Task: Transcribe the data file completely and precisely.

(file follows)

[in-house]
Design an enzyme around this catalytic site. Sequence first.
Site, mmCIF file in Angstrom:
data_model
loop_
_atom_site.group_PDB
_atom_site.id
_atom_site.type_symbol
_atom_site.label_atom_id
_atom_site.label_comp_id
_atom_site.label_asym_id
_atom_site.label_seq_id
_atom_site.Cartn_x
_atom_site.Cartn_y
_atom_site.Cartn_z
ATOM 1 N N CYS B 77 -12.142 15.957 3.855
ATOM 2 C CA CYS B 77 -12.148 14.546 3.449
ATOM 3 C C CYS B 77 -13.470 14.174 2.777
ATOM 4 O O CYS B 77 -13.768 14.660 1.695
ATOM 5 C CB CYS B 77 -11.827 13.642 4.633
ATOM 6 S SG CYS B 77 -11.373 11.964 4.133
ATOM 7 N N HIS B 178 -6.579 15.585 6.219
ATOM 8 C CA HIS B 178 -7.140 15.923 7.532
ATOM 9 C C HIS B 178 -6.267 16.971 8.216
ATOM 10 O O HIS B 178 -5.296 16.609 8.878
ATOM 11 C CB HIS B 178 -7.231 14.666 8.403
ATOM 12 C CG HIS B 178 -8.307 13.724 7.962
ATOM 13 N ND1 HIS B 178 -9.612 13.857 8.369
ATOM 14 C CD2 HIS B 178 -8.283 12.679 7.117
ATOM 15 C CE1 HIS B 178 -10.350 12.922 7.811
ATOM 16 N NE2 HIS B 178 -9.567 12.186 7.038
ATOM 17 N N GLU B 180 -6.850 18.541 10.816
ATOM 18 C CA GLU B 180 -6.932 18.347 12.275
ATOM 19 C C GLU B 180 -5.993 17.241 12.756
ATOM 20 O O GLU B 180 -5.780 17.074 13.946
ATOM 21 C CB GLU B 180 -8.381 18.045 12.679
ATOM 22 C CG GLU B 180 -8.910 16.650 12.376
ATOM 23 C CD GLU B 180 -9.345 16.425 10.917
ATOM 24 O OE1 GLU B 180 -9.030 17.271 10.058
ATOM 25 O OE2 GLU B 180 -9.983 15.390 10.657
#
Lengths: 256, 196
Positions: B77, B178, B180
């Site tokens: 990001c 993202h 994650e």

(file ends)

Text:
[in-house]
Design an enzyme around this catalytic site. Sequence first.
Site, mmCIF file in Angstrom:
data_model
loop_
_atom_site.group_PDB
_atom_site.id
_atom_site.type_symbol
_atom_site.label_atom_id
_atom_site.label_comp_id
_atom_site.label_asym_id
_atom_site.label_seq_id
_atom_site.Cartn_x
_atom_site.Cartn_y
_atom_site.Cartn_z
ATOM 1 N N CYS B 77 -12.142 15.957 3.855
ATOM 2 C CA CYS B 77 -12.148 14.546 3.449
ATOM 3 C C CYS B 77 -13.470 14.174 2.777
ATOM 4 O O CYS B 77 -13.768 14.660 1.695
ATOM 5 C CB CYS B 77 -11.827 13.642 4.633
ATOM 6 S SG CYS B 77 -11.373 11.964 4.133
ATOM 7 N N HIS B 178 -6.579 15.585 6.219
ATOM 8 C CA HIS B 178 -7.140 15.923 7.532
ATOM 9 C C HIS B 178 -6.267 16.971 8.216
ATOM 10 O O HIS B 178 -5.296 16.609 8.878
ATOM 11 C CB HIS B 178 -7.231 14.666 8.403
ATOM 12 C CG HIS B 178 -8.307 13.724 7.962
ATOM 13 N ND1 HIS B 178 -9.612 13.857 8.369
ATOM 14 C CD2 HIS B 178 -8.283 12.679 7.117
ATOM 15 C CE1 HIS B 178 -10.350 12.922 7.811
ATOM 16 N NE2 HIS B 178 -9.567 12.186 7.038
ATOM 17 N N GLU B 180 -6.850 18.541 10.816
ATOM 18 C CA GLU B 180 -6.932 18.347 12.275
ATOM 19 C C GLU B 180 -5.993 17.241 12.756
ATOM 20 O O GLU B 180 -5.780 17.074 13.946
ATOM 21 C CB GLU B 180 -8.381 18.045 12.679
ATOM 22 C CG GLU B 180 -8.910 16.650 12.376
ATOM 23 C CD GLU B 180 -9.345 16.425 10.917
ATOM 24 O OE1 GLU B 180 -9.030 17.271 10.058
ATOM 25 O OE2 GLU B 180 -9.983 15.390 10.657
#
Lengths: 256, 196
Positions: B77, B178, B180
């Site tokens: 990001c 993202h 994650e």